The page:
CES: Targeted Sensory Immersion at the Japanese Exhibition

The sluggish consumer adoption of virtual reality has pointed to a broader hesitation with immersive technologies that separate the user from their environment. In response, a niche market has evolved for technologies that unobtrusively live on the body while contributing an augmented sensory experience when needed. (See earrings that also offer directional audio from a company called Nova, for instance.) The Japanese exhibit section of the CES Eureka Park startup arena, however, showcased a more environmentally integrated — although still individualized — vision of immersion.

Aromajoin, a digital scent technology firm, offers a directional scent shooter (as opposed to a scent diffuser) that uses six basic scent capsules to create a range of chemical scent configurations. Scent, which is the sensation most closely associated with our limbic systems, has the ability to elicit strong emotions when used properly — thus providing a helpful storytelling complement for sensory immersion.

AromaPlayer, a web application powered by the company’s proprietary Aroma Shooter tech, enables creators to cue specific scents in sync with specific visual beats. The scent cue can be added on a video’s timeline just as a sound clip might be, with the option to modulate the exact scent as well as timing and duration.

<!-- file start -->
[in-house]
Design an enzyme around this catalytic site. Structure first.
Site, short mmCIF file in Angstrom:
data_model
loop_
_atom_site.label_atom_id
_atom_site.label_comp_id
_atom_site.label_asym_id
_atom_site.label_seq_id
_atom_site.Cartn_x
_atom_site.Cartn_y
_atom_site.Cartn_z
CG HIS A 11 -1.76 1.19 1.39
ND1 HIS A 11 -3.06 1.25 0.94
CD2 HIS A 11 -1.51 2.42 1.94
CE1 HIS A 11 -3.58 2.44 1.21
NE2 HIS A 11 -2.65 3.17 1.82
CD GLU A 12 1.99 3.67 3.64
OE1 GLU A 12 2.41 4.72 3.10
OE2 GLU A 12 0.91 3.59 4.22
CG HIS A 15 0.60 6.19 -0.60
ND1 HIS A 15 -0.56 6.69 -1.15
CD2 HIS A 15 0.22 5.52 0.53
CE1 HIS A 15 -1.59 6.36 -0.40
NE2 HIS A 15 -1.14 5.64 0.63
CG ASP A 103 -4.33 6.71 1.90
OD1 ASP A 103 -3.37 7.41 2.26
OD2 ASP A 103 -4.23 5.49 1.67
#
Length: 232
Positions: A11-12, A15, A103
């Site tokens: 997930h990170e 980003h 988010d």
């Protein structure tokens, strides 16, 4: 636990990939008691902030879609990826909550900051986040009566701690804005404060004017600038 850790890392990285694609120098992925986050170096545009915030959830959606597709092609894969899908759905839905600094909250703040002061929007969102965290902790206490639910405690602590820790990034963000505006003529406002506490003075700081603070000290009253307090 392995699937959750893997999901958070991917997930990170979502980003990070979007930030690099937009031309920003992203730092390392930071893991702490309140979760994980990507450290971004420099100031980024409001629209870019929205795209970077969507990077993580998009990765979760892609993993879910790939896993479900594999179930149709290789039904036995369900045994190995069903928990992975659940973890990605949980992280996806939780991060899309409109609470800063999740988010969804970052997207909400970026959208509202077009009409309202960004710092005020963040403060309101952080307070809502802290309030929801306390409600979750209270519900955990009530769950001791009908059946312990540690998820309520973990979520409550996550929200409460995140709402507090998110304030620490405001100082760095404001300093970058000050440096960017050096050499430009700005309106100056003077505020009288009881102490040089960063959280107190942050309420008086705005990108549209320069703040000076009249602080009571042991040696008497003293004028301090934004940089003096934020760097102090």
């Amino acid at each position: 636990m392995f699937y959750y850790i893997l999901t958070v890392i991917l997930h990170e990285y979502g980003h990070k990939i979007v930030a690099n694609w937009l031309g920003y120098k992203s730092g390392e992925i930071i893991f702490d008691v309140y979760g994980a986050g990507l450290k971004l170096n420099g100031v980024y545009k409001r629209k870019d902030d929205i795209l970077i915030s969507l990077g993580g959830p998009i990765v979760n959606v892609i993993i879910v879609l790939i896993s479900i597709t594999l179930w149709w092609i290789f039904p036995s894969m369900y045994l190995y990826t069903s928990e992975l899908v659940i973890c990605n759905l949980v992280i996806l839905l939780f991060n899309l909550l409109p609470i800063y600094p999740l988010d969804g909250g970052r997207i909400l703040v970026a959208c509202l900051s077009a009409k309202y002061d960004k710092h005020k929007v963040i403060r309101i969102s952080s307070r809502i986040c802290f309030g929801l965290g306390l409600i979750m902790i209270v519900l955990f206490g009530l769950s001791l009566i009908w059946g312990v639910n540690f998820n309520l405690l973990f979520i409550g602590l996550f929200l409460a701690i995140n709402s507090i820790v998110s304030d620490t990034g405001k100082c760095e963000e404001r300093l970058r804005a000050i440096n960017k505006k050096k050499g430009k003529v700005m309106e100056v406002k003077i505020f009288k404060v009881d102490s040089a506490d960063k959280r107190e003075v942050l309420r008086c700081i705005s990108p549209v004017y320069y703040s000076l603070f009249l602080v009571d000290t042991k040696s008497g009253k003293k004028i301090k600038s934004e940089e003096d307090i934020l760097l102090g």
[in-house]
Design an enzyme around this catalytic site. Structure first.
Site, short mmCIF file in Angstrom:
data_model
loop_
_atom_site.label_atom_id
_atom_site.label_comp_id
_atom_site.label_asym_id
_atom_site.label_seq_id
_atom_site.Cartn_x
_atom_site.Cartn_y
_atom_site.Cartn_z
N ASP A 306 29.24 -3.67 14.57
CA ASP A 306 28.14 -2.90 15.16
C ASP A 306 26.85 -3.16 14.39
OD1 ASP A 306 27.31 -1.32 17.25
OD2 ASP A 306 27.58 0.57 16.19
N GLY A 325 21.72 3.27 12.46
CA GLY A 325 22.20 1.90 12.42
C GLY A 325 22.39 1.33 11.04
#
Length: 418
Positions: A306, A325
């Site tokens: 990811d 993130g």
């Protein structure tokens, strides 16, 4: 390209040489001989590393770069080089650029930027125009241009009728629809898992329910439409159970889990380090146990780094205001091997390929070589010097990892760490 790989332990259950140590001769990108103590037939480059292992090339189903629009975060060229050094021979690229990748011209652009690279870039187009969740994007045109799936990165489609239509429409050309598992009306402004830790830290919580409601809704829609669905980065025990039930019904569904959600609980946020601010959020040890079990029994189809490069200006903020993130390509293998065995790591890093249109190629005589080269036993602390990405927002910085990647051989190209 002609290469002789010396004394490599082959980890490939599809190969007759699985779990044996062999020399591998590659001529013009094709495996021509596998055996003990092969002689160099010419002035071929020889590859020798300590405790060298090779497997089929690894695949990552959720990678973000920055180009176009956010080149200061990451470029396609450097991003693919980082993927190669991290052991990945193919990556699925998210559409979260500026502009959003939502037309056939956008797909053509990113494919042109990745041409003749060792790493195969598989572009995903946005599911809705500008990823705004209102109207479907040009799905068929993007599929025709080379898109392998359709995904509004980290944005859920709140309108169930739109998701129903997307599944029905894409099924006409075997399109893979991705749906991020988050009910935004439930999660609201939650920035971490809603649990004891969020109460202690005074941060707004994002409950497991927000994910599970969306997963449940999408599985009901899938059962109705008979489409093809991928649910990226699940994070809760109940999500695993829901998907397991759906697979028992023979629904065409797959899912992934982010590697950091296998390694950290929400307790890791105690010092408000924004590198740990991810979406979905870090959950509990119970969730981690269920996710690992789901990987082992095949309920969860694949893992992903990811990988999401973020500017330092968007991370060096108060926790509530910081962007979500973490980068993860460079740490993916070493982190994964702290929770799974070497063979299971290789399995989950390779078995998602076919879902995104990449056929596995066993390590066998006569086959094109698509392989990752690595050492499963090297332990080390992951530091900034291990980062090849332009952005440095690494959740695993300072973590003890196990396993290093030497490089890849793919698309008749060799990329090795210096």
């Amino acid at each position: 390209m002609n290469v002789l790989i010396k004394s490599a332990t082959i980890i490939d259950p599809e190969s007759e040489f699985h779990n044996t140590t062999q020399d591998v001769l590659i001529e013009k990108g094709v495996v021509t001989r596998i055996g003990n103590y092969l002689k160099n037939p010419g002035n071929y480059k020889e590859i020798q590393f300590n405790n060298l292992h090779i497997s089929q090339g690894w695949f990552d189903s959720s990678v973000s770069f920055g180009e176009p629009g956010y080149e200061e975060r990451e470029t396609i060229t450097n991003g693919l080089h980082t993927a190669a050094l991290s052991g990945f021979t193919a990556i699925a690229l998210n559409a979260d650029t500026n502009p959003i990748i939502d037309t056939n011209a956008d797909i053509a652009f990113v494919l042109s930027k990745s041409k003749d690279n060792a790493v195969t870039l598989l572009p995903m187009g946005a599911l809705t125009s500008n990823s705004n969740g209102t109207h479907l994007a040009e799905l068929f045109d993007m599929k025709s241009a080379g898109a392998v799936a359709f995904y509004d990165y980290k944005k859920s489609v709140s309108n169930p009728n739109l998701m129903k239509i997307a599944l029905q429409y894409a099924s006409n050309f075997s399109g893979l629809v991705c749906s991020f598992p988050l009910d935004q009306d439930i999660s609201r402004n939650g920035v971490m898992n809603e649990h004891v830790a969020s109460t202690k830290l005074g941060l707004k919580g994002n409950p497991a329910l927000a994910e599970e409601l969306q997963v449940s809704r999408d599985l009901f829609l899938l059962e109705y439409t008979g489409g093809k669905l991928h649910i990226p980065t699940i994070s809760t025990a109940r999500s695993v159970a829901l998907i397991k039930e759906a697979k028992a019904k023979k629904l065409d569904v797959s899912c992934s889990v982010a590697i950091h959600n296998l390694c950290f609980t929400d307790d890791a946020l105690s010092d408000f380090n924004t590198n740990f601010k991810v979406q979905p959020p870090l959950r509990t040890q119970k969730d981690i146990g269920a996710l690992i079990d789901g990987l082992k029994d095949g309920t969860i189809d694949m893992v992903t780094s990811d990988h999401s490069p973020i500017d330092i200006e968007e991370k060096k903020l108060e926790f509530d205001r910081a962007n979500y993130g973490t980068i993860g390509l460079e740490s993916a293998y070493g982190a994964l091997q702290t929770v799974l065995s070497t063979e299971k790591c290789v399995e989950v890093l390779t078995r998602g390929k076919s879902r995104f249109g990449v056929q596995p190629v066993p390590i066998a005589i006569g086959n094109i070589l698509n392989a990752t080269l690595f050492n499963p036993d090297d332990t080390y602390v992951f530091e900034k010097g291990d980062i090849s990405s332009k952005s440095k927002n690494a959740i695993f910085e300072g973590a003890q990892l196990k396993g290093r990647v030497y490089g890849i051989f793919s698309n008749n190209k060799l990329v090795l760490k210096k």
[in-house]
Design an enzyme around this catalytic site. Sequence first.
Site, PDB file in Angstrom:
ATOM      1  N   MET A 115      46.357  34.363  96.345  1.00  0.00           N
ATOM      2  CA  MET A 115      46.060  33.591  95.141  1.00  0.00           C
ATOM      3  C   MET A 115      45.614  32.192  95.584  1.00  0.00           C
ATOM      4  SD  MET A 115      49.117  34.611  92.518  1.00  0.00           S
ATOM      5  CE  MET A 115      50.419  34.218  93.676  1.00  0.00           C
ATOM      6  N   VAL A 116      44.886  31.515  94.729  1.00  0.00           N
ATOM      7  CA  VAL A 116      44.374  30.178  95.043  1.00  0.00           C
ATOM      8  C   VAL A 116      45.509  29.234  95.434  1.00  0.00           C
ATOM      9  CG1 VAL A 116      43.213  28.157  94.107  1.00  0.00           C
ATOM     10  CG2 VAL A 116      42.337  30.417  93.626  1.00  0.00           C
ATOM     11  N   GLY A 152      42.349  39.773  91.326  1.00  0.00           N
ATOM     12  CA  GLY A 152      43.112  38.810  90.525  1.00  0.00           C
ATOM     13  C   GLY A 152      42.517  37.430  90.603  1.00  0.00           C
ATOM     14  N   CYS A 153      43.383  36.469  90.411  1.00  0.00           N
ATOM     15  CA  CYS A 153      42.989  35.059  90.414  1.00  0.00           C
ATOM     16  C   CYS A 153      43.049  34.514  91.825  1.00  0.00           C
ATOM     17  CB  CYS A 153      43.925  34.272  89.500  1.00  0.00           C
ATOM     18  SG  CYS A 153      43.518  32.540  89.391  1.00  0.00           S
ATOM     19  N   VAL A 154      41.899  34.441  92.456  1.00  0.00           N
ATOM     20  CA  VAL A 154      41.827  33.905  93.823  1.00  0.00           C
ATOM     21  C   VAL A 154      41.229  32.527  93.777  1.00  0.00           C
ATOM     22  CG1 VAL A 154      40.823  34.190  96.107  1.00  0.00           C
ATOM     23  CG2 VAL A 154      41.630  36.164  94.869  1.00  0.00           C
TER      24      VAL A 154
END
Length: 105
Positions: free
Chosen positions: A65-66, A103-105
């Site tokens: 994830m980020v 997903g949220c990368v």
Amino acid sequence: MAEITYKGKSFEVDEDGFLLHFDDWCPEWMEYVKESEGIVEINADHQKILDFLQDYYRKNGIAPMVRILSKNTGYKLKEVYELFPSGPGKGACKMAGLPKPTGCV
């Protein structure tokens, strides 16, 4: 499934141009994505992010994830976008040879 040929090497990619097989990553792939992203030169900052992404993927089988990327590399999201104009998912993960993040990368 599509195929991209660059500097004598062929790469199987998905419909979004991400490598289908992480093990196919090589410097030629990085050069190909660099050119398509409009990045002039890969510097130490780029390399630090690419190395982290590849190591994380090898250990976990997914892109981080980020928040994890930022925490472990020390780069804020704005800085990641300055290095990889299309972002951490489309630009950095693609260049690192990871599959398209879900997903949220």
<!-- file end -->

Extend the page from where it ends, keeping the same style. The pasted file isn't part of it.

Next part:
Scent as a storytelling tool can be a challenge, as the brain’s ability to process scent and taste isn’t as targeted as its ability to process sight and sound. This is compounded by the fact that scents are formed by chemicals that can linger in the air, diluting the specificity of new scents.

The “lingering” typical of scent diffusers is caused by the use of liquid as a medium for the scent; Aromajoin’s scent technology uses a proprietary “dry and solid” scent that can dissipate faster, enabling a scent switching speed of 0.1 seconds.

Directionally focused sensory experiences extend to environmentally located audio with Parso speakers from Tokyo-based startup AFUR, also found within the Japanese exhibit area. Unlike typical speakers with directivity angles of around 90 degrees, the arso speakers offer directional audio at a 10 degree angle, enabling sound to be directed to a single individual.

While directional audio is not new, Parso’s speakers are wireless, small enough to be wearable, and depending on their positioning can offer directional stereo sound. The speaker is also marketed as being compatible with the elements and able to be used while biking or camping.

Together, both Aromajoin and Parso point to a desire for environmentally-based personalization of sensory experiences that enable immersion. Less obtrusive than on-the-body immersive technologies, these spatially located hardware elements also point to a future of augmented reality that could move beyond a predominantly visual experience.

I Used These New Smart Earrings to Listen to Music — They Totally Surprised Me, Tom’s Guide, 1/5/23
Aromajoin Brings Videos to Life by Squirting Your Face with Smells, TechCrunch, 1/3/23
AFUR to Demo Parso, Wearable Speaker That Only You Can Hear, at CES, Cerebral Overload, 12/17/22

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